The Federal Energy Regulatory Commission (FERC) has issued several orders in recent years addressing deregulating energy markets in the United States. Other countries have done the same, as the European Union, Canada, Australia, and several others have seen the shift to privatization. Unstable energy markets and an insufficient energy infrastructure have fueled these initiatives.
Along with the challenges created by deregulation, The Department of Energy (DOE) has estimated that the demand for electricity will grow by approximately 2% annually through the year 2020. Other countries will be experiencing similar or higher growth rates as their economies become more reliant on energy. Unfortunately, as demand for energy goes up, generation units are reaching their plant maturity and being retired. In fact, almost half of the current generating capacity in the U.S. originates from units approaching their maturity. Although new generation continues to go online each year, hundreds of thousands of megawatts of capacity (368,000 MW in the U.S.1) will soon be taken off line. Constructing new generation is difficult and, in many cases, units approved for construction have been deserted due to either unfavorable market conditions or the "Not In My Back Yard" (NIMBY) syndrome. As a result, generation growth cannot keep pace with demand.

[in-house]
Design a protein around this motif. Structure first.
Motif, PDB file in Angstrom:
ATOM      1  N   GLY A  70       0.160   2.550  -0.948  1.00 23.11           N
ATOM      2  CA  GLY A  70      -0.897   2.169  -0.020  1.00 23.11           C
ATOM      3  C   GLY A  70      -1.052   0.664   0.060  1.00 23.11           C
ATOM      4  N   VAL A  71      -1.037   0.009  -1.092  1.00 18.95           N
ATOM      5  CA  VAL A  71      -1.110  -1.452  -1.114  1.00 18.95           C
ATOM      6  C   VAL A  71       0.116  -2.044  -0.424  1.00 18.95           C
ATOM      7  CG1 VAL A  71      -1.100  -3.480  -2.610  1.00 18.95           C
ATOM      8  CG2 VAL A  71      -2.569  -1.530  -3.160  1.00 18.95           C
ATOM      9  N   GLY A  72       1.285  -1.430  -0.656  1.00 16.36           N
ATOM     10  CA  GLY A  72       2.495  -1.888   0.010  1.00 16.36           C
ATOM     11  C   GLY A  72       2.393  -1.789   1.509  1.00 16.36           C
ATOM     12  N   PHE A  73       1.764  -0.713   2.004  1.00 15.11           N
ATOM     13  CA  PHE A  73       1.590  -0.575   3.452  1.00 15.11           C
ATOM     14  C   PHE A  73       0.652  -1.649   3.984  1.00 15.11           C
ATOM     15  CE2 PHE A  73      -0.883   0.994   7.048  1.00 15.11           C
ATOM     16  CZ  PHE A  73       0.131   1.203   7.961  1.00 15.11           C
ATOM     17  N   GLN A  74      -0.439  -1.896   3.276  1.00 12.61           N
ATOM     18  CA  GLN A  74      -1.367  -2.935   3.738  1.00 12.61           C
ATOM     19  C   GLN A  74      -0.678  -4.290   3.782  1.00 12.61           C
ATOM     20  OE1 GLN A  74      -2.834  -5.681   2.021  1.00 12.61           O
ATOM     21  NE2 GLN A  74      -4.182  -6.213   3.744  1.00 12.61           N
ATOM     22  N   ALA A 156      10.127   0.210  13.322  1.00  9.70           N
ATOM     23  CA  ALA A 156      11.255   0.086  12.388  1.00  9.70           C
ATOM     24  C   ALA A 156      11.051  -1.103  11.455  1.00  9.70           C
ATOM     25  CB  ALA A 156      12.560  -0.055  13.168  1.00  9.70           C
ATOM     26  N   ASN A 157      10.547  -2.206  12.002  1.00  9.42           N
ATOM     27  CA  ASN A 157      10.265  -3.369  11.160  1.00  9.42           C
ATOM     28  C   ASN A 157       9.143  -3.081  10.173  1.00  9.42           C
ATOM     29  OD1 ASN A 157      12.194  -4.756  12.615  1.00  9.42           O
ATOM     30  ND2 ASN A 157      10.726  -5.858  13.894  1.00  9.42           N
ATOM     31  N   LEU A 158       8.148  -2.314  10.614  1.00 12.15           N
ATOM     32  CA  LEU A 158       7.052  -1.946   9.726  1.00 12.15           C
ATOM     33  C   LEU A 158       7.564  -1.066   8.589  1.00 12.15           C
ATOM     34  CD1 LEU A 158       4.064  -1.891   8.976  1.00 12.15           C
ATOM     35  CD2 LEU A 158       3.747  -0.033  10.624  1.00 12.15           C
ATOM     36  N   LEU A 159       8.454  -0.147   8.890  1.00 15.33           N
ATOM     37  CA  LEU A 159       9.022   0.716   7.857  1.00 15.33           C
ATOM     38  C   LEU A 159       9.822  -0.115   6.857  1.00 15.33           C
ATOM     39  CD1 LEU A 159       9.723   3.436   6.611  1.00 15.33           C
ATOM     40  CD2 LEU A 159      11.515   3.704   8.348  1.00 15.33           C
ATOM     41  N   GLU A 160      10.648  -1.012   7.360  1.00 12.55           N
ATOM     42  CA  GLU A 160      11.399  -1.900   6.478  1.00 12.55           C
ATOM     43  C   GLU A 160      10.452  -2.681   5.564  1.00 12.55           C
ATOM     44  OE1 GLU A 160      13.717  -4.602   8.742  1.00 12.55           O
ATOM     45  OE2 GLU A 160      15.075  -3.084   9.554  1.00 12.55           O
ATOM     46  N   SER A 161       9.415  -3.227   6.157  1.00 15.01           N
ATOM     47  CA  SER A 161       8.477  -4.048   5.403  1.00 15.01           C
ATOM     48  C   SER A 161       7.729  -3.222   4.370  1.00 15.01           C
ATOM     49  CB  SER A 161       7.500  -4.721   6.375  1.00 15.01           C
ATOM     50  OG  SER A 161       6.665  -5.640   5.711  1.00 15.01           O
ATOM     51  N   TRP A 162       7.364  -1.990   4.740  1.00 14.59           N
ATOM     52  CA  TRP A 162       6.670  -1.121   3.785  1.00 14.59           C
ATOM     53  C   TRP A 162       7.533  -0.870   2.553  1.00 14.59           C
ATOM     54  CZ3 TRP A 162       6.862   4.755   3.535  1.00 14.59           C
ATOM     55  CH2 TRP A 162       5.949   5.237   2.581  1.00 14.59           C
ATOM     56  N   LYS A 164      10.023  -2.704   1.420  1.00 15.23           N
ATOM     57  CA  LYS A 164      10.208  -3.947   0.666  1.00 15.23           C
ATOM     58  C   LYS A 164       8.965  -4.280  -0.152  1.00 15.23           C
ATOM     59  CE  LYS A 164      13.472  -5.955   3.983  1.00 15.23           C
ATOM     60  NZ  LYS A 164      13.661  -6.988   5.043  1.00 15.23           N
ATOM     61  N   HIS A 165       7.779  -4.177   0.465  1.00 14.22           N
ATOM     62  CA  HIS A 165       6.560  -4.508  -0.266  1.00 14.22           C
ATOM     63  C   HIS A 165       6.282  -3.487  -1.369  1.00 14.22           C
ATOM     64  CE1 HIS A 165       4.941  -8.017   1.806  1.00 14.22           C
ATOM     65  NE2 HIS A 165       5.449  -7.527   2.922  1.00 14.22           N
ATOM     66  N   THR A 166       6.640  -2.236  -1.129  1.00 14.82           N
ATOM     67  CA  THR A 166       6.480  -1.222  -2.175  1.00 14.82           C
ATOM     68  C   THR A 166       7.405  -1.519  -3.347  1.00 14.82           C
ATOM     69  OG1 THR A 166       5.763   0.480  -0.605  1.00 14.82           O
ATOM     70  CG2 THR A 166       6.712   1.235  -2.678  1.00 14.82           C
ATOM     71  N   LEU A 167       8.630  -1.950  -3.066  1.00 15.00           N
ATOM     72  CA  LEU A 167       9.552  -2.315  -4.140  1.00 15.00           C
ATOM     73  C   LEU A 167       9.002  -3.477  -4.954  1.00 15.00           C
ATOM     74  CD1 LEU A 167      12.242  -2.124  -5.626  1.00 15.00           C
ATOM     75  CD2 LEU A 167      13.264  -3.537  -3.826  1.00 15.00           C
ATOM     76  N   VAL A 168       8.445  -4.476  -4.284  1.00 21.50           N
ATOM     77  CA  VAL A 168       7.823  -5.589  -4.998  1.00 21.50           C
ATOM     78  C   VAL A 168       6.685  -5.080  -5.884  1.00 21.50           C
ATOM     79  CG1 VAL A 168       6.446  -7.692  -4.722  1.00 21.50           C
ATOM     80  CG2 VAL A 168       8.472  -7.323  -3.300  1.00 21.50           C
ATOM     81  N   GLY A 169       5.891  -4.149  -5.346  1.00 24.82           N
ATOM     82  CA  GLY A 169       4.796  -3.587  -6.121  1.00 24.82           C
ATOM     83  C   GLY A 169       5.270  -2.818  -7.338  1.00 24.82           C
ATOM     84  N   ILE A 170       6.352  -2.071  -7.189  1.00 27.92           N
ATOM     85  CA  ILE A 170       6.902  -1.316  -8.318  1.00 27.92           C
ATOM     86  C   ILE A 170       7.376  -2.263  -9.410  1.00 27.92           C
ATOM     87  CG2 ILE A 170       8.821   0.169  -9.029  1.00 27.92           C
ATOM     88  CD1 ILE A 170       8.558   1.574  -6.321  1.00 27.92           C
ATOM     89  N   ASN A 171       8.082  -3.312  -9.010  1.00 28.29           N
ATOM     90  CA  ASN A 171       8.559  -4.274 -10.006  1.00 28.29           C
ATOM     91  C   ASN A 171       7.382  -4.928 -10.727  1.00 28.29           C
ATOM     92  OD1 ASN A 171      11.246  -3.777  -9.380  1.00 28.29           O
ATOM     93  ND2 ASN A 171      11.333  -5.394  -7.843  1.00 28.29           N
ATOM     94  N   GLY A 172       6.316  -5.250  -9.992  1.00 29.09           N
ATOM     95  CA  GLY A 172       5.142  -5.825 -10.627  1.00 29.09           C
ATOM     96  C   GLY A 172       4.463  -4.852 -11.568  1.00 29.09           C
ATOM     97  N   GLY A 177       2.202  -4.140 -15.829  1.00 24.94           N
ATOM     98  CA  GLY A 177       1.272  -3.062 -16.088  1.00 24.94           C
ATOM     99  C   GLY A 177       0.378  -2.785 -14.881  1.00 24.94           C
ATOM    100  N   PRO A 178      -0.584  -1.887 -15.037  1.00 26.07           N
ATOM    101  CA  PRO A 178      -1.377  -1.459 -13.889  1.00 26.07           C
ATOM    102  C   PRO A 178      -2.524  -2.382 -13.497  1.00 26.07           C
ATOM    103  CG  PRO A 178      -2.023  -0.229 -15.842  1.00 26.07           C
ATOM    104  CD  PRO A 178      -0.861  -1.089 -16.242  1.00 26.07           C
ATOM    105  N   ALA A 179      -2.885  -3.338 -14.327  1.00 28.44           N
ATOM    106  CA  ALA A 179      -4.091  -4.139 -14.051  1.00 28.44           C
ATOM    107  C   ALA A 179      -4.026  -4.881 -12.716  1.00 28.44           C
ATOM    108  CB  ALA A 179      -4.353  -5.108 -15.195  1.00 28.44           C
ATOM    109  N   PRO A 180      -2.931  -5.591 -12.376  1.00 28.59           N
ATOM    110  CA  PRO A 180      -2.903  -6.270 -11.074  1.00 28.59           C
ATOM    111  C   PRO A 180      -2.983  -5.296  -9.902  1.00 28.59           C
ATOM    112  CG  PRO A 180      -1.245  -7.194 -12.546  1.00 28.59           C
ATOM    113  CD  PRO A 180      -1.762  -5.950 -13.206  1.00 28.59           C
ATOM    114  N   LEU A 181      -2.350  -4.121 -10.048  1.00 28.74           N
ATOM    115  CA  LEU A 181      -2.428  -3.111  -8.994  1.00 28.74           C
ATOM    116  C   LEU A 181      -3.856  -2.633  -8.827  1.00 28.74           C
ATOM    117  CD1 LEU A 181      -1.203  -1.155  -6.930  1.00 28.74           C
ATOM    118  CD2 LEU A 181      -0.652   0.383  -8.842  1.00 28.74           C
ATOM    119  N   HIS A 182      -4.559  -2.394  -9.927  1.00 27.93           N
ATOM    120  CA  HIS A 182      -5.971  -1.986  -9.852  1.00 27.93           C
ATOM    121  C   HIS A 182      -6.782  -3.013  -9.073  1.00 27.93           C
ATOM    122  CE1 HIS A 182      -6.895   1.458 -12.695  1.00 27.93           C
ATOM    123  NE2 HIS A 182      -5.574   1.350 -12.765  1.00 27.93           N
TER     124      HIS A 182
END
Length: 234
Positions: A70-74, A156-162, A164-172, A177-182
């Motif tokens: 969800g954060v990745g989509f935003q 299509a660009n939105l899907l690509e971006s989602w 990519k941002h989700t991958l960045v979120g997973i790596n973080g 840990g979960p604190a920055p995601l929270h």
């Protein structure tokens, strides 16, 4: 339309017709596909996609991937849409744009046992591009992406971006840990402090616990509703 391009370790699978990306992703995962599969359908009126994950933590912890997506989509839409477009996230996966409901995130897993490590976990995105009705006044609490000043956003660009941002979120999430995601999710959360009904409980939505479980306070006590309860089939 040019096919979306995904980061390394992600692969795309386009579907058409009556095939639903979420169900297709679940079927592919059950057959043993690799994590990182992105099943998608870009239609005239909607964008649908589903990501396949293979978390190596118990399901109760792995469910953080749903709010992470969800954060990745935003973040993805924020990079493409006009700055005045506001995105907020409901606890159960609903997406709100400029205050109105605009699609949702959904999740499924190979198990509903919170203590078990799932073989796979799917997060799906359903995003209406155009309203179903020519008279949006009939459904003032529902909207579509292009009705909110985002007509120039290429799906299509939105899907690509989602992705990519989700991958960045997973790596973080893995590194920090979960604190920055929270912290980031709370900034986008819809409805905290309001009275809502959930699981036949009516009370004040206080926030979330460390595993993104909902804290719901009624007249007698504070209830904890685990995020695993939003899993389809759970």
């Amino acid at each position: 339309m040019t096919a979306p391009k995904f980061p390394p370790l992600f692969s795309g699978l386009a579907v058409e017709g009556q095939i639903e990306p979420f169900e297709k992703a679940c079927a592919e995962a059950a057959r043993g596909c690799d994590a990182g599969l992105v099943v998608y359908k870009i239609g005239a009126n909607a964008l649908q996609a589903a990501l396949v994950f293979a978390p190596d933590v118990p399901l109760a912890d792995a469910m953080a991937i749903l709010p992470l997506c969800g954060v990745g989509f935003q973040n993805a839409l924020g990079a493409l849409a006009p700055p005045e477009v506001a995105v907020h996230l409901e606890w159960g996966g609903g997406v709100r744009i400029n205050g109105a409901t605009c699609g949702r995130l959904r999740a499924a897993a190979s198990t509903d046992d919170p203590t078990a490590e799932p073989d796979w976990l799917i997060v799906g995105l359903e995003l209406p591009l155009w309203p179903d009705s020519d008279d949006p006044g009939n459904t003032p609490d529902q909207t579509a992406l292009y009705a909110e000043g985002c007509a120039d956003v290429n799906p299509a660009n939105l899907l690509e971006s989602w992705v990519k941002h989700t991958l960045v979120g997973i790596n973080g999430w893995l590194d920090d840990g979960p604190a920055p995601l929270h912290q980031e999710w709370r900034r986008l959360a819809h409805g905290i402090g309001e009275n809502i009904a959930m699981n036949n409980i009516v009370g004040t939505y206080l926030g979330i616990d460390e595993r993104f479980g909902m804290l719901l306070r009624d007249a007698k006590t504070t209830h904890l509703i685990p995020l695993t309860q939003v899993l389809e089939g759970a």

Transmission capacity is another problem facing policy makers and energy markets. In the European Union, as throughout the US, generating capacity is generally sufficient to meet aggregate demand with reserves, but the ability to get the power to where it is needed when it is needed is not adequate. During this same period there has been a decrease in transmission investments over this period. Congestion on the electric grid has gone up 200% over the past decade, and in the second decade 2002,transmission congestion was almost three times the level experienced during the same period in 1999.
To combat the generation and transmission limitations, Demand Response (DR) and Dynamic Pricing (DP) programs will provide opportunities to reduce the strain on the grid, while providing savings opportunities for customers. When generation and transmission costs can be passed through to end use customers, they are incentivized to make changes in their energy consuming and purchasing behavior based on economic conditions. Estimates of how much end users could save on a national level with a reliable DR program have approached $15 billion annually. Although some economists feel this estimate is exaggerated, the fact remains that DR programs could have a profound impact on economies worldwide....